Director, founder of Study Abroad Office to retire after 30 years at Northwestern


Daily file photo by Molly Ray

Bill Anthony, founding director of Northwestern’s Study Abroad Office, discusses his inaugural goals at a meeting in 1997. Anthony will step down from his post in July after a combined 30 years at the University as an educator and administrator.

David Fishman, Reporter

Bill Anthony comes from a long line of storytellers. Growing up with three siblings, his parents would read him the Sunday comics, from which he acquired a self-professed “irreverent” sense of humor. His grandfather, a dentist, used tales instead of novocaine to narcotize patients. And his wife, Carolyn, is the director of the Skokie Public Library.

“Human beings are the only prescient life forms on this planet who narrate in the past tense,” Bill Anthony said. “It’s the glue that bonds us all together — we tell funny stories, sad stories, profound stories. We are born storytellers.”

And he has a world’s worth of stories to tell.

Anthony, who founded Northwestern’s Study Abroad Office in 1997, will step down as director at the end of this year. Current associate director Alicia Stanley will temporarily take over until the University finds a permanent replacement. During his tenure, the office expanded its international offerings to more than 50 countries, expanded the number of University-affiliated programs more than tenfold and increased how many undergraduates study abroad per year from about 100 to more than 750.

“He’s generous with creative ideas and praise,” Stanley wrote in an email to The Daily. “He has a unique gift of balancing seriousness of purpose about our important mission and hard work with a sense of humor, and employs his storytelling abilities at just the right moments.”

When Anthony first arrived at the University in 1986 as a German lecturer, he said the study abroad process was in disarray. Separate committees with different standards determined a prospective student’s eligibility to go abroad. One student in SESP, for example, might receive credit for a particular program, while a Weinberg student might not, he said.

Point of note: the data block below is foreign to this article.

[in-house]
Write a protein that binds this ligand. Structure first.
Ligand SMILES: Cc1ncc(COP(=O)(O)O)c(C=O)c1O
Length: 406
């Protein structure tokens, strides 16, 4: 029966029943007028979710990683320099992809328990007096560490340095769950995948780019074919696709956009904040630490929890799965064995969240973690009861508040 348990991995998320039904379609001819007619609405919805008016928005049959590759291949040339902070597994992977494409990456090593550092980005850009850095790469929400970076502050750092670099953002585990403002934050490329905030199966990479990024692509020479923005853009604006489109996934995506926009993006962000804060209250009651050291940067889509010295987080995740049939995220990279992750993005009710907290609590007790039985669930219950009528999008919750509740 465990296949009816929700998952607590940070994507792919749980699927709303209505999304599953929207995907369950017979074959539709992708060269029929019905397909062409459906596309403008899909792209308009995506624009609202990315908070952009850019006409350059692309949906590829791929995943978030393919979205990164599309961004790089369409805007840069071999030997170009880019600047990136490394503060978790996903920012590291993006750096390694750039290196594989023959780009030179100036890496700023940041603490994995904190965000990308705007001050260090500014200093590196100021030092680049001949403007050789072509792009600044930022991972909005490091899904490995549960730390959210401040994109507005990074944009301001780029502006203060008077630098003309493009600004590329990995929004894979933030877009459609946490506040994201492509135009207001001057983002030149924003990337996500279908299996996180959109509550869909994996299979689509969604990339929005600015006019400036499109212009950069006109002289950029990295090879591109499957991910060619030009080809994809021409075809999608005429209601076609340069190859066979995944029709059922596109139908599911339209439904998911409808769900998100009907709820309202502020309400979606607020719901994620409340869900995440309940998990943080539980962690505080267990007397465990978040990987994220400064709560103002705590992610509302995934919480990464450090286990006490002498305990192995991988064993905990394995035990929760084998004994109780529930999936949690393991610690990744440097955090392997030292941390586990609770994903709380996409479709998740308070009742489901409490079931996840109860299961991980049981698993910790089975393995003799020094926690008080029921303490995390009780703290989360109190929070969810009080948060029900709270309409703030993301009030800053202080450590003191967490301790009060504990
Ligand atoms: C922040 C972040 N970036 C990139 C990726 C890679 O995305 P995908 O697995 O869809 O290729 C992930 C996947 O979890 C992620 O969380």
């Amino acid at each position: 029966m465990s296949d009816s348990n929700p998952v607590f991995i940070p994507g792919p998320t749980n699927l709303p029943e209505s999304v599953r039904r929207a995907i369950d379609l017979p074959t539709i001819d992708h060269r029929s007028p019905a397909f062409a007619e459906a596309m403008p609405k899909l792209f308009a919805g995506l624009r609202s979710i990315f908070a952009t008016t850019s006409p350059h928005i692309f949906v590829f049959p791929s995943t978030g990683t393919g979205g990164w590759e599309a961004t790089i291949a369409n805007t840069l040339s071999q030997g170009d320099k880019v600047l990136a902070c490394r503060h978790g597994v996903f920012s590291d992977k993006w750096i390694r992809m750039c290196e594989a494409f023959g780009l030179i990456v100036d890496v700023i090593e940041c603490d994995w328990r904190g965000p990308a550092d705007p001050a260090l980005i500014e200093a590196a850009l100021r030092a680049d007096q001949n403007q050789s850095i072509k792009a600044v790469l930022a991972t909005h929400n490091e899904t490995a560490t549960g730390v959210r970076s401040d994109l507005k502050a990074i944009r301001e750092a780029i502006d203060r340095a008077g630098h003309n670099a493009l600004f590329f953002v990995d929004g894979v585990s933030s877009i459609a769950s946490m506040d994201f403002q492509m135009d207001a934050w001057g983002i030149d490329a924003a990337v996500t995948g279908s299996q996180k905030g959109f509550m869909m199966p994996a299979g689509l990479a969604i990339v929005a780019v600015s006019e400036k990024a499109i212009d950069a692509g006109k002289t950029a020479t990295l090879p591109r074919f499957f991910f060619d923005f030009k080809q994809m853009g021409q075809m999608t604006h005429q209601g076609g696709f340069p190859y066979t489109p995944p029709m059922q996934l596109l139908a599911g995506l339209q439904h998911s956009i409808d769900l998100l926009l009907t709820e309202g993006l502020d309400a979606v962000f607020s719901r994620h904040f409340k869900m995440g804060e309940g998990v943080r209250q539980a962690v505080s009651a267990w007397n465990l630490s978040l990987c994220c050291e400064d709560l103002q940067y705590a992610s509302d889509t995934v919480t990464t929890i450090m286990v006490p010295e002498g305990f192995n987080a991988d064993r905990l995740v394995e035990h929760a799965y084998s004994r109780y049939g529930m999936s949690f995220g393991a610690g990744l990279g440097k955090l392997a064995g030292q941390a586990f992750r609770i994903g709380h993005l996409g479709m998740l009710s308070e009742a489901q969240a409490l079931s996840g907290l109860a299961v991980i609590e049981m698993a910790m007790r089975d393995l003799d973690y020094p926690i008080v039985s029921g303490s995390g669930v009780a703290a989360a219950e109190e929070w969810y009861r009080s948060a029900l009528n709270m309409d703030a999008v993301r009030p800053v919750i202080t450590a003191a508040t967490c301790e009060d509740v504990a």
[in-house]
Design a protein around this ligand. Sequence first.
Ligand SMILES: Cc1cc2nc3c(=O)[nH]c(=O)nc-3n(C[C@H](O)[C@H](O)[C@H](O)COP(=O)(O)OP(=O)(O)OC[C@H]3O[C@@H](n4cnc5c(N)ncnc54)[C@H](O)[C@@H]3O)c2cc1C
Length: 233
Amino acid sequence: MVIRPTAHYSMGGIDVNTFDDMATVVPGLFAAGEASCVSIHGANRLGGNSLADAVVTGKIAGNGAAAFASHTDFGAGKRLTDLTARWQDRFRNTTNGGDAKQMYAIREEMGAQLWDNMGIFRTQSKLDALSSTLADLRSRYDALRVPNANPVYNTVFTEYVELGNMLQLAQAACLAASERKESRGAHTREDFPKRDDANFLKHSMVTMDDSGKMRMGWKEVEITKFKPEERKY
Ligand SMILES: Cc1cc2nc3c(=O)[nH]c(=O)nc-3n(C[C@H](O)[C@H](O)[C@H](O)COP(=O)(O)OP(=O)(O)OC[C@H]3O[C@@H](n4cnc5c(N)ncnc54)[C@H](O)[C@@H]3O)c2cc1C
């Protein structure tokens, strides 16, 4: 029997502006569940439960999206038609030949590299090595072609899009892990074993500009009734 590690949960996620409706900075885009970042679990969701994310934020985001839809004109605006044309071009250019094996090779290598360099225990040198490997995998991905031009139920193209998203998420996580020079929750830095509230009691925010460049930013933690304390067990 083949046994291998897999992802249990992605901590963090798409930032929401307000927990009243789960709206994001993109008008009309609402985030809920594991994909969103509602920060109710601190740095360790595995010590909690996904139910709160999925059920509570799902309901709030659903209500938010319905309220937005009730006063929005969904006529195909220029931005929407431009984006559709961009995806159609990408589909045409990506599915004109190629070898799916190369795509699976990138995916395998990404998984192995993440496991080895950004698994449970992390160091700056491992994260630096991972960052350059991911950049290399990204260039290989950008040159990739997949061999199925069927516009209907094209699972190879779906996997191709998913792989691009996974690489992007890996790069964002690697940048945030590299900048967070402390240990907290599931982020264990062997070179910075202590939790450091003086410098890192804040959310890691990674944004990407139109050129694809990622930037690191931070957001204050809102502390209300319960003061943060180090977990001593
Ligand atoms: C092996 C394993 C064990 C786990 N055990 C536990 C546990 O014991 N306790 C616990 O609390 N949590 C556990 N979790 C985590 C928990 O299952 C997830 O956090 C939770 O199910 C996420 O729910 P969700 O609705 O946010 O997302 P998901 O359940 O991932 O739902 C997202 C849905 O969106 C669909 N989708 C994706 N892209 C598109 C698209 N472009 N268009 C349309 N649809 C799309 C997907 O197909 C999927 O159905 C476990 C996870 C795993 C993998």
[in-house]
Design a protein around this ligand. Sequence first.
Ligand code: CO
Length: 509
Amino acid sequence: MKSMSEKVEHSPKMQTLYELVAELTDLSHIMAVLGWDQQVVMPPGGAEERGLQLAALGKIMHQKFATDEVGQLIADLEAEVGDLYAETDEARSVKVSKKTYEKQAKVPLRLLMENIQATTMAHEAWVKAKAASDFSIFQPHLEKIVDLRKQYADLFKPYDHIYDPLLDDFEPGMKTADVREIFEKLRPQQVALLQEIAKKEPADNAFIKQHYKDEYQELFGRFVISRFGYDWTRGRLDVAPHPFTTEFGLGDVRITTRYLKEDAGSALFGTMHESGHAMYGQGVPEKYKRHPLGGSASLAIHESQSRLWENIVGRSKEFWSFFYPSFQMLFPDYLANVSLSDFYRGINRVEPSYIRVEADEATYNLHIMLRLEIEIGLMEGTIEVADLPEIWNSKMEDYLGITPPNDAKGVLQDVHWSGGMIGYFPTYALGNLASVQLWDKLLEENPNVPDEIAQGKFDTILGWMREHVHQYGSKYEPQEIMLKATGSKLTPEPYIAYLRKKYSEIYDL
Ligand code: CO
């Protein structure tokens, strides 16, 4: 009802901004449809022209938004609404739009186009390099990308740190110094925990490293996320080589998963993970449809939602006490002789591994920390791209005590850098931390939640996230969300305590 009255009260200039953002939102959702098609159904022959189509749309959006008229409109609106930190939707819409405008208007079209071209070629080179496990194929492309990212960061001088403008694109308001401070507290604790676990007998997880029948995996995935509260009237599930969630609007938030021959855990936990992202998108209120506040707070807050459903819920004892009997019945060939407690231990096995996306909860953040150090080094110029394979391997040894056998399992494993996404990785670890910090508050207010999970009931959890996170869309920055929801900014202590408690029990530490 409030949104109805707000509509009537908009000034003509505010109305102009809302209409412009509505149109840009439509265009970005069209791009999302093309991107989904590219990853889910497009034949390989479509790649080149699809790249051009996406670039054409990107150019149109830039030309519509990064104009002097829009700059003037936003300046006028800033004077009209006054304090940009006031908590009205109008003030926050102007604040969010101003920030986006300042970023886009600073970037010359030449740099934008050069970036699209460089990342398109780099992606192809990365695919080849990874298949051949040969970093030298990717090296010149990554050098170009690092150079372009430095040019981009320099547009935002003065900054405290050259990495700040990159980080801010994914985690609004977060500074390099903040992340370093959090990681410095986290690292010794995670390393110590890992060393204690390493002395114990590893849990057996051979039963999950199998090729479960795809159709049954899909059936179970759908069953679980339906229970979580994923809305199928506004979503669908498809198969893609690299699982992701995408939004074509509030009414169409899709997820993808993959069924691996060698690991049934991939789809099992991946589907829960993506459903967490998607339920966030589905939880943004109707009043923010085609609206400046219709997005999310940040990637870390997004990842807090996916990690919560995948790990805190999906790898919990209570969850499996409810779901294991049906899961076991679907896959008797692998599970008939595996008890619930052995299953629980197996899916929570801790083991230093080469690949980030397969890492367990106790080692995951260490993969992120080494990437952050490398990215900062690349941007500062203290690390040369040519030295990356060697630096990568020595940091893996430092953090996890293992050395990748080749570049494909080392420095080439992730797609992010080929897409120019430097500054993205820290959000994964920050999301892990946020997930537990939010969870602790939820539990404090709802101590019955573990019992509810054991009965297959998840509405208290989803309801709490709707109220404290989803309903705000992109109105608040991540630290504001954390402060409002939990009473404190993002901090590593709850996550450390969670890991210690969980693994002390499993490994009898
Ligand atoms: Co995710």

In 1997, NU opened its Study Abroad Office with Anthony at the helm. The office, which originally offered 11 affiliated programs, dissolved the disjointed committee process and began to review applications independently.

“Some ideas crystallized slowly and then suddenly the fog disappeared and it became obvious that this (office) was a necessity,” Anthony said. “During that first full year under our aegis … the numbers doubled right away, and we did not know then how fast they would go up.”

But Anthony’s influence on the world of study abroad extends far beyond NU. In 2007, New York’s attorney general launched an inquiry into whether universities were accepting perks such as complimentary travel expenses for partnering with specific study abroad programs. In response to the inquiry, Anthony helped craft a transformative code of ethics that has since been adopted by more than 750 institutions, said Brian Whalen, president and CEO of The Forum on Education Abroad, a nonprofit that provides training and resources to its members. At the time, no such regulations governed study abroad.

“The code of ethics reflected very well on the seriousness and ethical way in which universities in the forum membership go about their work,” Whalen said. “It was a key moment, and Bill was one of the leaders of the whole effort.”

As a child, however, Anthony did not travel much. It wasn’t until after high school, when asked to represent his school on a trip to Germany, that he finally left the United States.

Anthony said he had little prior knowledge of Germany and initially struggled to assimilate. Back in the 1960s, he said, there were no pre-orientation meetings, study abroad liaisons or any of the other resources students enjoy today. Instead, the school placed him on a boat with three large duffel bags and bid him adieu.

After he returned to the U.S., Anthony began a pre-med track at Colby College but quickly switched to a German and English double major. Following a six-year stint teaching at a high school outside Baltimore, he joined NU.

“The first impression of Bill is his humor,” said German Prof. Franziska Lys, a long-time friend of Anthony’s. “He’s a practical joker with his colleagues.”

Lys said she worked with Anthony to produce educational documentaries of German life, which they subsequently used to teach students. She said the documentaries — ranging from history of the classic Trabant cars to Berlin apprenticeships — yielded an unprecedented glimpse into the German way of life, previously presented through stolen restaurant menus and outdated magazines.

Kathy Dedo (Communication ’90), who took introductory German with Anthony as a freshman, said she recalled his “earnest, goofy” manner of teaching and his care for students. Dedo said Anthony inspired her to continue pursuing German classes long after fulfilling her language requirement.

After decades of helping students create their own stories abroad, Anthony will give up his post in July to do some storytelling of his own. Despite having newfound spare time to pursue fiction writing and painting, Anthony said he has mixed feelings about retirement. Nevertheless, he has accepted the impending transition.

“At some point you have to go and let the next generation come on,” he said. “And the next generation is here.”

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